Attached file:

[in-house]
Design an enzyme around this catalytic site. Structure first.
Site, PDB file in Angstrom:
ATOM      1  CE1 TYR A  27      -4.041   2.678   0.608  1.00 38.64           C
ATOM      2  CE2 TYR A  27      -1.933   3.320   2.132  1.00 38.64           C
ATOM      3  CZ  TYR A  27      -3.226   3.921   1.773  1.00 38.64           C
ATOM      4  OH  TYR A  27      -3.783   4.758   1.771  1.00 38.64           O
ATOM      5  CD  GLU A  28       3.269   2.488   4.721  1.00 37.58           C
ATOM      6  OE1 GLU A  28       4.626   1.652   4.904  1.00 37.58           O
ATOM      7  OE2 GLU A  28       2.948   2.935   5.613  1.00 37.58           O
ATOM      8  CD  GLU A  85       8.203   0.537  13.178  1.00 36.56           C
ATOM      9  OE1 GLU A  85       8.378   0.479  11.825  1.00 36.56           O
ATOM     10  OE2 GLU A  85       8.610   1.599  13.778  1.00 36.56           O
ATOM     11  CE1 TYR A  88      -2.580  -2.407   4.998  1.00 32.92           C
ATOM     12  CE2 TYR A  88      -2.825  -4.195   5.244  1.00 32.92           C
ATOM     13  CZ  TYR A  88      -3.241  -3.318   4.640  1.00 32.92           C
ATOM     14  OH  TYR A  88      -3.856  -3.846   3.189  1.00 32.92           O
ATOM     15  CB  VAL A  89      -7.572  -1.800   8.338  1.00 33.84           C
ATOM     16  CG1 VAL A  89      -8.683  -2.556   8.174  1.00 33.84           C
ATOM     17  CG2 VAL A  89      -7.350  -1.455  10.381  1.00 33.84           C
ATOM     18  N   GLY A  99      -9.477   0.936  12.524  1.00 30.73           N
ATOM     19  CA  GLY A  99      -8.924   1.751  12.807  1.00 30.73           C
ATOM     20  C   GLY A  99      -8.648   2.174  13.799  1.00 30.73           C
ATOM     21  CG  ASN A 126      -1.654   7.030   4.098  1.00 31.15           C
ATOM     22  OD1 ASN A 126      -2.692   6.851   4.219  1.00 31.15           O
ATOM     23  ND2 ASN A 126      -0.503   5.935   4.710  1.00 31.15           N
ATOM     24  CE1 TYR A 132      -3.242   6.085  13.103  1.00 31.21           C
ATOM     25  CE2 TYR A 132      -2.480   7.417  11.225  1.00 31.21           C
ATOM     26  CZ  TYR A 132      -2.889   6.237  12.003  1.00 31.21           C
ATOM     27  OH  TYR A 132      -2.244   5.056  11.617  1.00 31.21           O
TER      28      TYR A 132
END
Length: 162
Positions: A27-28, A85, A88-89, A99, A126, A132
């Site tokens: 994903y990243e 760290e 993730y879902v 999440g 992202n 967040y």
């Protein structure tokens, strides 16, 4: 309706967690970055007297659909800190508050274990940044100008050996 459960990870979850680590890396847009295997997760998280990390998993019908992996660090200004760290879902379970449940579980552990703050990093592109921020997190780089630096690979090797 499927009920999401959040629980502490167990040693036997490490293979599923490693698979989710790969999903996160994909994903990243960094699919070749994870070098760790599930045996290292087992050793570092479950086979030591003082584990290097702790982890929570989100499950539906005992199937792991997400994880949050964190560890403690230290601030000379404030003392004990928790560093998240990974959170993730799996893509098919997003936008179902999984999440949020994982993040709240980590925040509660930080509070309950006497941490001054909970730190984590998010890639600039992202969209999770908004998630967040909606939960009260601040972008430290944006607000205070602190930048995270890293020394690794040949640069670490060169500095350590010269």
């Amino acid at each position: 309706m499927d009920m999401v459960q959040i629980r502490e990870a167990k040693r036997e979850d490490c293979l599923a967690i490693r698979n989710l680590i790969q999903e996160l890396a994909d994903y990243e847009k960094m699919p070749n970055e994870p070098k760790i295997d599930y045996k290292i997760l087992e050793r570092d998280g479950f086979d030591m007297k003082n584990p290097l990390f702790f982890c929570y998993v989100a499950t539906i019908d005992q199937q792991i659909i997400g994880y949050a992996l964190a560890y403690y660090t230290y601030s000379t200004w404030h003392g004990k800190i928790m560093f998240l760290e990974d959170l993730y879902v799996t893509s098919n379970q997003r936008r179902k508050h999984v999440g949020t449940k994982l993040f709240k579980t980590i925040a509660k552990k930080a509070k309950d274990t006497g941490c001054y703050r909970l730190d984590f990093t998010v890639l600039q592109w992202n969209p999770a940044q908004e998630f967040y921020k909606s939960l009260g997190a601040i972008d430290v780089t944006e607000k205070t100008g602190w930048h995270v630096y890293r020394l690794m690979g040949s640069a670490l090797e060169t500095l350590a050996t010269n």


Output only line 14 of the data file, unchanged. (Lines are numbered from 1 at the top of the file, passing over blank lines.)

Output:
ATOM     11  CE1 TYR A  88      -2.580  -2.407   4.998  1.00 32.92           C